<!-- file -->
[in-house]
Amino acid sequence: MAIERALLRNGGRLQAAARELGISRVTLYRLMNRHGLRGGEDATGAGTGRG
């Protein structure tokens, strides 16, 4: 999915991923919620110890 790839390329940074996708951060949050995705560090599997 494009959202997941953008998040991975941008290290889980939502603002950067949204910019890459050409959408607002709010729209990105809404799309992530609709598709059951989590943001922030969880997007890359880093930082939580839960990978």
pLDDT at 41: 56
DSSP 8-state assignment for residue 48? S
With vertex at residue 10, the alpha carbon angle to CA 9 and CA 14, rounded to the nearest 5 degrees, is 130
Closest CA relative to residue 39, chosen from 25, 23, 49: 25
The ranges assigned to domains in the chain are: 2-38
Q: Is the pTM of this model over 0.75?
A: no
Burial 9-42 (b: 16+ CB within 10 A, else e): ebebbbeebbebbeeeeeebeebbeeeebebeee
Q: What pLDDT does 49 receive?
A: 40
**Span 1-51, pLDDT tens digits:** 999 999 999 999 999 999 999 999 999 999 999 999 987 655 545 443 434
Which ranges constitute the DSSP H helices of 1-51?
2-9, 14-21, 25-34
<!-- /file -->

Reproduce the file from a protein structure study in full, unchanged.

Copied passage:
[in-house]
Amino acid sequence: MAIERALLRNGGRLQAAARELGISRVTLYRLMNRHGLRGGEDATGAGTGRG
């Protein structure tokens, strides 16, 4: 999915991923919620110890 790839390329940074996708951060949050995705560090599997 494009959202997941953008998040991975941008290290889980939502603002950067949204910019890459050409959408607002709010729209990105809404799309992530609709598709059951989590943001922030969880997007890359880093930082939580839960990978």
pLDDT at 41: 56
DSSP 8-state assignment for residue 48? S
With vertex at residue 10, the alpha carbon angle to CA 9 and CA 14, rounded to the nearest 5 degrees, is 130
Closest CA relative to residue 39, chosen from 25, 23, 49: 25
The ranges assigned to domains in the chain are: 2-38
Q: Is the pTM of this model over 0.75?
A: no
Burial 9-42 (b: 16+ CB within 10 A, else e): ebebbbeebbebbeeeeeebeebbeeeebebeee
Q: What pLDDT does 49 receive?
A: 40
**Span 1-51, pLDDT tens digits:** 999 999 999 999 999 999 999 999 999 999 999 999 987 655 545 443 434
Which ranges constitute the DSSP H helices of 1-51?
2-9, 14-21, 25-34